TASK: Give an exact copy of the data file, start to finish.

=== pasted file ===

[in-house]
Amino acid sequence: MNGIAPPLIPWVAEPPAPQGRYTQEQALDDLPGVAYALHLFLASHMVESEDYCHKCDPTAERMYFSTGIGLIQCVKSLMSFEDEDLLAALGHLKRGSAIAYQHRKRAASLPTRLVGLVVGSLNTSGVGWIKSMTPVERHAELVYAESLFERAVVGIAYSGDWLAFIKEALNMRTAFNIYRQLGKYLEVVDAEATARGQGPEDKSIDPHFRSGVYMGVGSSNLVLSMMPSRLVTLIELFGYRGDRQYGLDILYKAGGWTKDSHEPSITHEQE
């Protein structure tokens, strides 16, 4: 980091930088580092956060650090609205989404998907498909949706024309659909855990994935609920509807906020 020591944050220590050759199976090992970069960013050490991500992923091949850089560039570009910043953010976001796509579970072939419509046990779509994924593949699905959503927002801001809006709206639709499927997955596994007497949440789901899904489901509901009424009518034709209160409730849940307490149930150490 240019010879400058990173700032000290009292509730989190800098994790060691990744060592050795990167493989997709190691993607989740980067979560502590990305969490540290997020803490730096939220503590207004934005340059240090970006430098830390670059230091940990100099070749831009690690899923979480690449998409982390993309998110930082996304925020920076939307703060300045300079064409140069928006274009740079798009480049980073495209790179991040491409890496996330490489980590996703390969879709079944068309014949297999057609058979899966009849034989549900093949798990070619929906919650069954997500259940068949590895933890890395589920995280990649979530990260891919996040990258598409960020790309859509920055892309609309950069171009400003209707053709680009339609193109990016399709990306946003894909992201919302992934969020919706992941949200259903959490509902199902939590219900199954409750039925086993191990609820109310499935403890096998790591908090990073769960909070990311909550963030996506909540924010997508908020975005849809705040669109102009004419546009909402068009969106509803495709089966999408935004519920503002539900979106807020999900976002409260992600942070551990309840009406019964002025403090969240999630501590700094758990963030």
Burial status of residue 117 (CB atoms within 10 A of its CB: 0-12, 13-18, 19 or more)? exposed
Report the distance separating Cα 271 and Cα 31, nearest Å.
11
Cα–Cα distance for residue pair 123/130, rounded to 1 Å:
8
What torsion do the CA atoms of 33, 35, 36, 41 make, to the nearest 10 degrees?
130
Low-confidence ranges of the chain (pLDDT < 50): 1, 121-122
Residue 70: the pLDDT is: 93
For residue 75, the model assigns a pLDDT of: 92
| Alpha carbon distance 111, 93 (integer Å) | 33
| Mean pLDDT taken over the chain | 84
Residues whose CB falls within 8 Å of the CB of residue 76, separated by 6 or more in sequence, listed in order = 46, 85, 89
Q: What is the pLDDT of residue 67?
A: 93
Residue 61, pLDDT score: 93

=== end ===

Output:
[in-house]
Amino acid sequence: MNGIAPPLIPWVAEPPAPQGRYTQEQALDDLPGVAYALHLFLASHMVESEDYCHKCDPTAERMYFSTGIGLIQCVKSLMSFEDEDLLAALGHLKRGSAIAYQHRKRAASLPTRLVGLVVGSLNTSGVGWIKSMTPVERHAELVYAESLFERAVVGIAYSGDWLAFIKEALNMRTAFNIYRQLGKYLEVVDAEATARGQGPEDKSIDPHFRSGVYMGVGSSNLVLSMMPSRLVTLIELFGYRGDRQYGLDILYKAGGWTKDSHEPSITHEQE
């Protein structure tokens, strides 16, 4: 980091930088580092956060650090609205989404998907498909949706024309659909855990994935609920509807906020 020591944050220590050759199976090992970069960013050490991500992923091949850089560039570009910043953010976001796509579970072939419509046990779509994924593949699905959503927002801001809006709206639709499927997955596994007497949440789901899904489901509901009424009518034709209160409730849940307490149930150490 240019010879400058990173700032000290009292509730989190800098994790060691990744060592050795990167493989997709190691993607989740980067979560502590990305969490540290997020803490730096939220503590207004934005340059240090970006430098830390670059230091940990100099070749831009690690899923979480690449998409982390993309998110930082996304925020920076939307703060300045300079064409140069928006274009740079798009480049980073495209790179991040491409890496996330490489980590996703390969879709079944068309014949297999057609058979899966009849034989549900093949798990070619929906919650069954997500259940068949590895933890890395589920995280990649979530990260891919996040990258598409960020790309859509920055892309609309950069171009400003209707053709680009339609193109990016399709990306946003894909992201919302992934969020919706992941949200259903959490509902199902939590219900199954409750039925086993191990609820109310499935403890096998790591908090990073769960909070990311909550963030996506909540924010997508908020975005849809705040669109102009004419546009909402068009969106509803495709089966999408935004519920503002539900979106807020999900976002409260992600942070551990309840009406019964002025403090969240999630501590700094758990963030």
Burial status of residue 117 (CB atoms within 10 A of its CB: 0-12, 13-18, 19 or more)? exposed
Report the distance separating Cα 271 and Cα 31, nearest Å.
11
Cα–Cα distance for residue pair 123/130, rounded to 1 Å:
8
What torsion do the CA atoms of 33, 35, 36, 41 make, to the nearest 10 degrees?
130
Low-confidence ranges of the chain (pLDDT < 50): 1, 121-122
Residue 70: the pLDDT is: 93
For residue 75, the model assigns a pLDDT of: 92
| Alpha carbon distance 111, 93 (integer Å) | 33
| Mean pLDDT taken over the chain | 84
Residues whose CB falls within 8 Å of the CB of residue 76, separated by 6 or more in sequence, listed in order = 46, 85, 89
Q: What is the pLDDT of residue 67?
A: 93
Residue 61, pLDDT score: 93